Almost human (Lisha Li, Rosebud.ai)

Rosebud AI founder on virtual models and the future of synthetic media

Reading time : 4 minutes

Rosebud AI is a San Francisco-based synthetic media company that creates CGI models that are indistinguishable from real humans. The company provides a vast library of photos and videos of a diverse range of virtual models, called Generative Photos.

In the videos, the face and the words it speaks are synthesised by software. The imagery and videos can be used for brand advertising, storytelling and entertainment and are fully customisable, so that you can choose the skin colour or ethnicity of the virtual model to appear in your content or create your own brand ambassador with just a few clicks. The company also offers a tool that puts clothes photographed on mannequins onto virtual models and is working on a new service, called Tokking Heads, that animates virtual or real humans with just text or speech.

With the pandemic dramatically disrupting production processes for the marketing, media and entertainment industries, Rosebud AI’s offering has never been more in demand. Production methods using CGI videos and imagery, sometimes termed ‘deep fake’, are a cost-effect, efficient alternative to the real thing, and with traditional methods presenting so much more risk dueto Covid-19 restrictions, more corporations and brands are turning to CGI for content creation.

We spoke to Rosebud AI’s founder and CEO Lisha Li to learn more about the brave new world of synthetic media.

Explain how Rosebud AI works?

We use virtual production methods and newer techniques from deep learning to accelerate visual content production through photo and video, and specialise in faces.

Through this period, we have had a high demand for use of our technology in marketing, educational and instructional videos as well as for use for customer service, and other creative use cases.

Do you use real or famous faces?

We started off creating virtual faces from scratch, not based on anyone. The value proposition in print was clear; it lay in having something unique. But, when we move to video, some clients want to use an identity that’s established or somebody famous. Or it could be anyone who wants to use their own face or to edit their speech in a text-based way, so that’s something we’re developing right now.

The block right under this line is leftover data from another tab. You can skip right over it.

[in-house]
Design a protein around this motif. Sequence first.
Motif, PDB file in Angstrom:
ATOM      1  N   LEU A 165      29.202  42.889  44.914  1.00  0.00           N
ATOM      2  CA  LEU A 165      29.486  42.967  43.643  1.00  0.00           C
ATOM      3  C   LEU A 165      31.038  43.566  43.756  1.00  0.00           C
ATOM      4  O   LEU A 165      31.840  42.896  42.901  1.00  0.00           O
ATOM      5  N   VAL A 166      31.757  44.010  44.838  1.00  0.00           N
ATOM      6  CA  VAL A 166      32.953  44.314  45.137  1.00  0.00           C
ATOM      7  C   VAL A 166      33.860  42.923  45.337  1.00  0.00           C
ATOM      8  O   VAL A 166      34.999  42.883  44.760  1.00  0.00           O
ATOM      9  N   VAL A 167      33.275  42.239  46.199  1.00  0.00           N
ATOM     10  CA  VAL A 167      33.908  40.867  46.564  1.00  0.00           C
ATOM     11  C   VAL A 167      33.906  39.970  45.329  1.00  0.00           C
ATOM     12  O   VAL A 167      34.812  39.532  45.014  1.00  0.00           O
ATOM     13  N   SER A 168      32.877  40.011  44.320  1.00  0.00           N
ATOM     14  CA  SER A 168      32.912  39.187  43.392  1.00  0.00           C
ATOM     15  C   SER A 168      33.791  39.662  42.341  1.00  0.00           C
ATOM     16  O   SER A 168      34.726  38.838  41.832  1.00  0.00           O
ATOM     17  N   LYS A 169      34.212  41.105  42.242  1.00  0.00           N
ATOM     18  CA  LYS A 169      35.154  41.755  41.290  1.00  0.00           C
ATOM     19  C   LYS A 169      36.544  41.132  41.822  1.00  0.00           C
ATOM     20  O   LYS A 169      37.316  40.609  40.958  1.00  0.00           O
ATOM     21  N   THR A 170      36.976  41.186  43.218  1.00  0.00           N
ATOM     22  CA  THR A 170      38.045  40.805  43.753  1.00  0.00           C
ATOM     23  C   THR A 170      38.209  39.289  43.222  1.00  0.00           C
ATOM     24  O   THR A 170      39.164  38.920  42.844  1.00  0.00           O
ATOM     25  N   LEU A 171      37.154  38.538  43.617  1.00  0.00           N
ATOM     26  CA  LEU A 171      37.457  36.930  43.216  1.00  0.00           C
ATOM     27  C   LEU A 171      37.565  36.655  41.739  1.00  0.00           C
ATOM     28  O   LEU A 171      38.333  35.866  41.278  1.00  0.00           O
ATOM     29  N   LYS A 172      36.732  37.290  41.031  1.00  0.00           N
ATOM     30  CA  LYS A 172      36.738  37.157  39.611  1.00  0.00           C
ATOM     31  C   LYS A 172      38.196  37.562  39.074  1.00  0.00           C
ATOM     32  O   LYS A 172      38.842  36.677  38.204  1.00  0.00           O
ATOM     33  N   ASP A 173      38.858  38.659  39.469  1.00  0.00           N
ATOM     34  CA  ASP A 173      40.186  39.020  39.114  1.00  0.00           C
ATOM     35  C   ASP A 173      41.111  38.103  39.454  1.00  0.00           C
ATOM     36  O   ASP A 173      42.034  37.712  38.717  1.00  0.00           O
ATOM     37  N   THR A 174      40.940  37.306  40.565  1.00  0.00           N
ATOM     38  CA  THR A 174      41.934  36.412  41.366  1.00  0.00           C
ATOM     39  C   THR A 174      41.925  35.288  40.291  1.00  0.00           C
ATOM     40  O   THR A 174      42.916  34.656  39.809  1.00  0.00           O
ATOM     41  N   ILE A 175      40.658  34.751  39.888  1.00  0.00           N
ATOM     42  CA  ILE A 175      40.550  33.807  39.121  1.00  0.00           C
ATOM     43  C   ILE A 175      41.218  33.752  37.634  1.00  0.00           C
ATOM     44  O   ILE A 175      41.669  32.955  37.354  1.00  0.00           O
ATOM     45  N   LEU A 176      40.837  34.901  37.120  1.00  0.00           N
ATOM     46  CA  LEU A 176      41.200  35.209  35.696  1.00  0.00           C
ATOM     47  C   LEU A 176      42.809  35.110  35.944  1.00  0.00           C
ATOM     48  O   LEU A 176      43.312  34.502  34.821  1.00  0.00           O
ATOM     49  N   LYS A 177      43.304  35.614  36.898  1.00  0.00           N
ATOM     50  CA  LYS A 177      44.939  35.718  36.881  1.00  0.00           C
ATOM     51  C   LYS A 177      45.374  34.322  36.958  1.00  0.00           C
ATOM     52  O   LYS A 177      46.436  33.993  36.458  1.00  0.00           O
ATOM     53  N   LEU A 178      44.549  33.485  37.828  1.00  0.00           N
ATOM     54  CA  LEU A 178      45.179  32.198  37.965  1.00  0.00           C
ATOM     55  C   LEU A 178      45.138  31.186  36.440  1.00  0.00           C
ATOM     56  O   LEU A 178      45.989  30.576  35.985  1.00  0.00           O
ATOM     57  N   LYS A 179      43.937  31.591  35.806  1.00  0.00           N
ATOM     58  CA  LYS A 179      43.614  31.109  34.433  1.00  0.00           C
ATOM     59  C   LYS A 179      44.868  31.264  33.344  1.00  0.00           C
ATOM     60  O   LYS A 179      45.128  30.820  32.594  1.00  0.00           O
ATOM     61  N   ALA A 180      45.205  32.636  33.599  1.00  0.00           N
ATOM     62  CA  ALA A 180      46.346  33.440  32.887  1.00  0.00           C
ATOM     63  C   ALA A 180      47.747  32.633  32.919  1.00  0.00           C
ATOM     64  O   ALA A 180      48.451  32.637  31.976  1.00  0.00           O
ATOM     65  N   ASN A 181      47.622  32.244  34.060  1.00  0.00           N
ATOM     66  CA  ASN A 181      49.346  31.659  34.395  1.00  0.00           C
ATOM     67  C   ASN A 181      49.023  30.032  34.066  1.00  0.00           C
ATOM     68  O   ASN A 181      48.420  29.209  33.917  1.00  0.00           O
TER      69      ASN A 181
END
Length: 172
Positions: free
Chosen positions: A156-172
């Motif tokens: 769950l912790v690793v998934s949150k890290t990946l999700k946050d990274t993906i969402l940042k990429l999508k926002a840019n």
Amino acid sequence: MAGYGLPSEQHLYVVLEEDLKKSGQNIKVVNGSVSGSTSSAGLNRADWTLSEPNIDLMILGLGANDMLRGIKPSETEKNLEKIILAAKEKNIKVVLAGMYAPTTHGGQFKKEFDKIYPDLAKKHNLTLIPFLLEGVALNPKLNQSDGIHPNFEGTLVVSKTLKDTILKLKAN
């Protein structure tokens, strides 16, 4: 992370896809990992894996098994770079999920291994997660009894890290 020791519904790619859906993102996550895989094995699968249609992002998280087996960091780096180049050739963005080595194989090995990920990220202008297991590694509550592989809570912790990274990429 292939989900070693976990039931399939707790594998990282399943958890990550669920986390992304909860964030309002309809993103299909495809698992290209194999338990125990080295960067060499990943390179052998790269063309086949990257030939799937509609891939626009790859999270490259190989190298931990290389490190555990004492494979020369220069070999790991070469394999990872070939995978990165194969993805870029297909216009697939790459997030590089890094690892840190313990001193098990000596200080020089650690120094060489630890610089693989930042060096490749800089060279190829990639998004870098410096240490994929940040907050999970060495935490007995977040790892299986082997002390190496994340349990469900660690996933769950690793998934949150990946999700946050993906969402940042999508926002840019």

Is regulation in place to combat fake news and to ensure the tech is used in an ethical way?

Obviously these are the news headlines everyone will be familiar with. And frankly, I think regulation probably has a little way to go, it needs to catch up a little faster. It’s also hard to consider how you properly regulate something like this. Do you try to attach it to the source? How do you force people to comply? Those are all worthwhile questions to ask. More broadly, we have a code of ethics. We want to make sure we play a part in educating the public about the technology, so people are informed.

How has the Covid crisis impacted your business?

Covid has really accelerated organic, inbound interest for virtual production. We haven’t done any self-promotion or advertising for brand ourselves, as we’re still focused on finessing the product, but people still find us. We’re just taking the opportunity to figure out what’s the best way to scale our interface. During this time, clients have been happy to use a self-serve model with the app. But it’s not a consumer tool, we want to be careful about how we bring it to market.

Which sectors are driving the most demand for rosebud?

We’ve seen a lot of demand from the e-commerce industry. There’s also demand for faces to service text chat bots in customer service, and for the platform interface to enable the creation of videos. Interest has been fairly international. Small business owners are very interesting – they feel the pain of not having the resources of larger companies, to produce content. Therefore, interest runs counter to media reports of ‘fake news’, or taking jobs away from models. SMEs want to support minorities and diversity to reflect their business and ethos; and don’t have the capacity, especially during Covid, to hire models.

This is the kind of tool that comes into its own; it allows us to bring a business from physical locations to a digital e-commerce setting.

it allows us
to bring a business
from physical locations
to a digital
e-commerce setting.

Our photo editing tool is available online and we’ve just started working with creators with a closed BETA version of our video animation product called Tokking Heads. By creators, I mean people who are making YouTube content, to marketing videos. They give us quick feedback helping us iterate quickly.

We continue to open the beta to more users, including some in broadcast media. Some exciting projects will be released soon.

Lisha Li

Lisha Li

CEO, Rosebud.ai

Lisha Li is the founder and CEO of Rosebud AI. Rosebud creates images and videos programmatically that look indistinguishable from real ones. She was previously a principal at Amplify Partners leading investments in early stage start-ups and worked in data science at Pinterest and Stitch Fix. Lisha holds a PhD in Machine Learning from UC Berkeley. In 2019, she was one of the three winners of L’Oréal USA’s Women in Digital NEXT Generation Awards.
They launched a collection of 25,000 images of AI-generated faces to be used in photo stocks. The objective was to bring more diversity to stock images and propose images that their customers could relate to. The faces they offer are customisable and personalisable. Users can algorithmically place any face onto anybody in their collection.
Leave a comment
Subscribe
Notify of
guest
0 Comments
Inline Feedbacks
View all comments

Latest Posts